3 Things You Can Expect as a Full-Time Stepmom

Updated on October 15, 2019
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As both a mother and a stepmother, Michelle explores the complicated dynamics of modern parenting and stepparenting.

For many women out there, the role of being a stepmom involves planned out visitation schedules and plenty of back and forth between the biological mother and biological father.

But what about the stepmom who has her stepchildren full-time?

Whether you have just recently become a full-time stepmom, you are going to become one soon, or you have been in that role since the beginning, here are some tips and added advice for your journey.

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1. You Will Be Overwhelmed

There's no doubt that being a mother is overwhelming in general but what about being a full-time stepmom to a stepchild or stepchildren who already have a mom who's not around much?

Whatever the circumstances of your current situation are, as a full-time stepmom you are it. You are the one who is there, you are the one who will feel responsible, and you are the one who is filling the mothering role.

Some stepmoms can go from being full-time to part-time and then back again years later depending on custody issues or the desires of older children who are involved. Other times, a stepmom could have spent years doing the every other weekend routine only to suddenly be left with her stepchildren full-time.

These transitions can be extremely tense and emotionally exhausting for everyone involved.

Being a full-time stepmom requires a huge amount of love and commitment. If you also have your own biological kids in the mix it can be especially difficult to navigate through everyone's feelings and emotions.

If your relationship with your stepchild or stepchildren is healthy then being a full-time stepmom may not be so bad. On the plus side, there's no going back and forth which can be great at times. On the negative side of things, you pretty much never get a break.

Being overwhelmed with your stepchild's emotions over having a biological parent who is rarely or never there is probably the most difficult emotional landmine a full-time stepmom will face. Crossing through that territory with a stepchild can be filled with anger, resentment, and many, many turns.

What to expect as a full-time stepmom
What to expect as a full-time stepmom | Source

Being overwhelmed is to be expected. But you can't let it consume you. Part of the trick to being a full-time stepmom is to make sure you carve out even small pieces of time for yourself to unwind.

Depending on your situation, you may be experiencing lots of pent-up anger or resentment towards the absent biological parent which isn't healthy to harbor on a long-term basis. Let your partner know when you need a break and take it.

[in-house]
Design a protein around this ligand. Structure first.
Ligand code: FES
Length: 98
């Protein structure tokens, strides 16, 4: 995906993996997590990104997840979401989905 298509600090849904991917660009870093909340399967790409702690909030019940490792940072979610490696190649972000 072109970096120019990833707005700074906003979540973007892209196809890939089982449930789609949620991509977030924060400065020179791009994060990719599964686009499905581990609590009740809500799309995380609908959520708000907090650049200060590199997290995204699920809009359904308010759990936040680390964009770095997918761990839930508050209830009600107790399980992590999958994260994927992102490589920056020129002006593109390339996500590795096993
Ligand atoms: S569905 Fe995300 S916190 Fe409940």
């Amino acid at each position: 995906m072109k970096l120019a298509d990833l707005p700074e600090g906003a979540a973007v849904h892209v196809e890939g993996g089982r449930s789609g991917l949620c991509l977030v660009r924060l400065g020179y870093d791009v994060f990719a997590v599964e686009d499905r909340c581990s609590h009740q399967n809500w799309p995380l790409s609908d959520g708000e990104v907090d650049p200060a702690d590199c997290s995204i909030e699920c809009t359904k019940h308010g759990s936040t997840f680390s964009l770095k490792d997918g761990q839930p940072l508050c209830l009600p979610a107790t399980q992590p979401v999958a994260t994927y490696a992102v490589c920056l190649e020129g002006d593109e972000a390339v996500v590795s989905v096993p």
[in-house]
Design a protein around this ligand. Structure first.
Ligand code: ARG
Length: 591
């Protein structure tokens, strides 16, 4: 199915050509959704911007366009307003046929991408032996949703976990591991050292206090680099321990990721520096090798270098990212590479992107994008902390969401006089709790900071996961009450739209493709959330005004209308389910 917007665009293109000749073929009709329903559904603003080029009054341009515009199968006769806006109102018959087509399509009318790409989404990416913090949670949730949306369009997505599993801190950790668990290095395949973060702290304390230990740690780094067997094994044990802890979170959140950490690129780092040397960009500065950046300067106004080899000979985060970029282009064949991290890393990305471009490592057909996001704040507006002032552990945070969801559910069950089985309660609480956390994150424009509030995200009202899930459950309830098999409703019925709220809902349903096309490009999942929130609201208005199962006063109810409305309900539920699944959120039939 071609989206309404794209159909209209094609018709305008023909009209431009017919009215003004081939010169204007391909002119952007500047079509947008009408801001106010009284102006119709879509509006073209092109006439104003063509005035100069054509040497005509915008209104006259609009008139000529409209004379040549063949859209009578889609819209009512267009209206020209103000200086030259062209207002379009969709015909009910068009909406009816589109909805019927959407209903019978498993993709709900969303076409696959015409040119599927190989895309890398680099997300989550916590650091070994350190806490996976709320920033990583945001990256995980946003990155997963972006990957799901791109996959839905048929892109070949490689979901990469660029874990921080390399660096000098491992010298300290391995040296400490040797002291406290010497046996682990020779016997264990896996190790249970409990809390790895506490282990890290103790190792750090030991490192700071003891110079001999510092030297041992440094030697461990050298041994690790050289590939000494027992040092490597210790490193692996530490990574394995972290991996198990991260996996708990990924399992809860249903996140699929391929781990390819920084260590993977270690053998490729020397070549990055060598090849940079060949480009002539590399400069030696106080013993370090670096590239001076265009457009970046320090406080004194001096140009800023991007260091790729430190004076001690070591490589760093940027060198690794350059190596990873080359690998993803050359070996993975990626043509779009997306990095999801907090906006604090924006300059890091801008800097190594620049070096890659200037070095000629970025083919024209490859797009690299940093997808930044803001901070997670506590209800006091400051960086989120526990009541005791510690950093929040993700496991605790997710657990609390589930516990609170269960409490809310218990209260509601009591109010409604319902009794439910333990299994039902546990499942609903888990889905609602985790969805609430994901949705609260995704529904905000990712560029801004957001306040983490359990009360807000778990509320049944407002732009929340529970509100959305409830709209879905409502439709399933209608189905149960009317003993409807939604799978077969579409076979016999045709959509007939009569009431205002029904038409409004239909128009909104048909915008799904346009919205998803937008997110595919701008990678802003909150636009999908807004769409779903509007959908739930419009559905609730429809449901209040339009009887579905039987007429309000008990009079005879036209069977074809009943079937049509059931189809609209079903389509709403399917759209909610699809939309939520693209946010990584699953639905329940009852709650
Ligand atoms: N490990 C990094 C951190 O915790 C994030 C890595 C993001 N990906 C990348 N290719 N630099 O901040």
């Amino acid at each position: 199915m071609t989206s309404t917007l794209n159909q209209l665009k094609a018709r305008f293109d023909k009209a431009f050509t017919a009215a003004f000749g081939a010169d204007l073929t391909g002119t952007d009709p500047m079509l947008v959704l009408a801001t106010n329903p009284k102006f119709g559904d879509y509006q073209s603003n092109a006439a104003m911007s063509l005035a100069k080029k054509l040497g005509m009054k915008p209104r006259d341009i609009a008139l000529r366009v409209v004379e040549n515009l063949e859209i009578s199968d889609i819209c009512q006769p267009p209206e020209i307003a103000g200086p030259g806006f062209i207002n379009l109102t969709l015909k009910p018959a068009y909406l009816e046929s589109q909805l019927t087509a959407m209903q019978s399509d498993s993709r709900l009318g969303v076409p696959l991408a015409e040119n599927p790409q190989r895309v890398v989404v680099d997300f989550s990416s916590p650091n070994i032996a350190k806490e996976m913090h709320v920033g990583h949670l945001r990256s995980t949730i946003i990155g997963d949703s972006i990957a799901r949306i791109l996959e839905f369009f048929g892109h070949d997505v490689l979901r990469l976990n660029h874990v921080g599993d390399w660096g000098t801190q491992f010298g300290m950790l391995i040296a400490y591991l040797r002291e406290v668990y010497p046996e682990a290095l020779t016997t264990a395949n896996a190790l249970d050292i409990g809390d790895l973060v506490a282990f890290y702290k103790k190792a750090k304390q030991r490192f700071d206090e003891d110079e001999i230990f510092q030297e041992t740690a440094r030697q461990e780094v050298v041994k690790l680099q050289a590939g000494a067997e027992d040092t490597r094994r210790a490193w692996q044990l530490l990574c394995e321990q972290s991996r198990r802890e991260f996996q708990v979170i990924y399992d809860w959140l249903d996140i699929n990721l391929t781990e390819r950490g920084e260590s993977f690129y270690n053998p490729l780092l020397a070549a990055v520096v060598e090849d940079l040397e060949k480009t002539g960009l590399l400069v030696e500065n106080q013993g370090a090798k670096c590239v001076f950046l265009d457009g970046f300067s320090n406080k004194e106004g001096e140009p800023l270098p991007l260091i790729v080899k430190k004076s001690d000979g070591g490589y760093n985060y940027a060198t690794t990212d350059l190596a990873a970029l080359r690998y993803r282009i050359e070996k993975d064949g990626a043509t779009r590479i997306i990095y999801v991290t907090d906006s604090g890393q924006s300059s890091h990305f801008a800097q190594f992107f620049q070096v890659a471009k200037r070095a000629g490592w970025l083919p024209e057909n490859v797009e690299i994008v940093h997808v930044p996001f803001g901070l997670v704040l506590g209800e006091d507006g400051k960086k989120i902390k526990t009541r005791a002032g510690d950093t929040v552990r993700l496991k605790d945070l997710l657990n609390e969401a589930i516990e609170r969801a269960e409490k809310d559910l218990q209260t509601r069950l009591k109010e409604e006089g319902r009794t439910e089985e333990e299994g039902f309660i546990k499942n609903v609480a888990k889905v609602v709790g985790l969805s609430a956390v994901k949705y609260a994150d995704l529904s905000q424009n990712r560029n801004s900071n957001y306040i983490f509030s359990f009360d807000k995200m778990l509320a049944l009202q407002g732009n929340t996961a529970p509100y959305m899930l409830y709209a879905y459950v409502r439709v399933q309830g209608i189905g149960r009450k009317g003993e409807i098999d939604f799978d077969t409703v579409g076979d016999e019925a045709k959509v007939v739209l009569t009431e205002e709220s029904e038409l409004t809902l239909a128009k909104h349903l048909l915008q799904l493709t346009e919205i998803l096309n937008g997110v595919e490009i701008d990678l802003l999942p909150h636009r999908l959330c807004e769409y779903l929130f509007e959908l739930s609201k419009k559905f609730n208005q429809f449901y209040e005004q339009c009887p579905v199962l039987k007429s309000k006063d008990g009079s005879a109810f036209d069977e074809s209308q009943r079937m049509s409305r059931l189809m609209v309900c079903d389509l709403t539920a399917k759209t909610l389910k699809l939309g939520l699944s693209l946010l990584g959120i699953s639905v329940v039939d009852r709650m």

Being a full-time stepmom requires a huge amount of love and commitment. If you also have your own biological kids in the mix it can be especially difficult to navigate through everyone's feelings and emotions.

Being overwhelmed doesn't mean you're doing anything wrong. It just means you're human and need to take a step back for a moment. Parenting can be rough. Stepmoms need to recharge sometimes just like any other parent. Know your limits and allow yourself to take downtime.

If you feel like packing your bags and leaving out of frustration - try just taking a mini-break instead. Full-time stepmoms need to recharge just like any other parent.
If you feel like packing your bags and leaving out of frustration - try just taking a mini-break instead. Full-time stepmoms need to recharge just like any other parent. | Source

Being overwhelmed with your stepchild's emotions over having a biological parent who is rarely or never there is probably the most difficult of emotional landmines a full-time stepmom will need to face.

2. You Won't Always Get That "Mom Credit" (Even When You Do Everything!)

Even when you're a highly involved or full-time stepmom who is doing most of the mothering grunt work, you may not get that full acknowledgment from your stepkids.

You know you deserve the credit and it sure would be nice if you could get it, but it simply may not happen until your stepkids are grown adults and realize how much work you actually put in as a step-parent.

Whatever your situation is that brought you to the role of a full-time stepmom, whether it's a biological mother who passed away, who lost custody due to drug or alcohol addiction, or who simply didn't want that full-time mom responsibility for whatever reason, you are going to be the "go-to" woman in your stepchild's life.

This is a huge responsibility and it doesn't come without intense feelings of resentment, frustration, and exhaustion.

Sometimes you'll get that "mom credit" and other times you just won't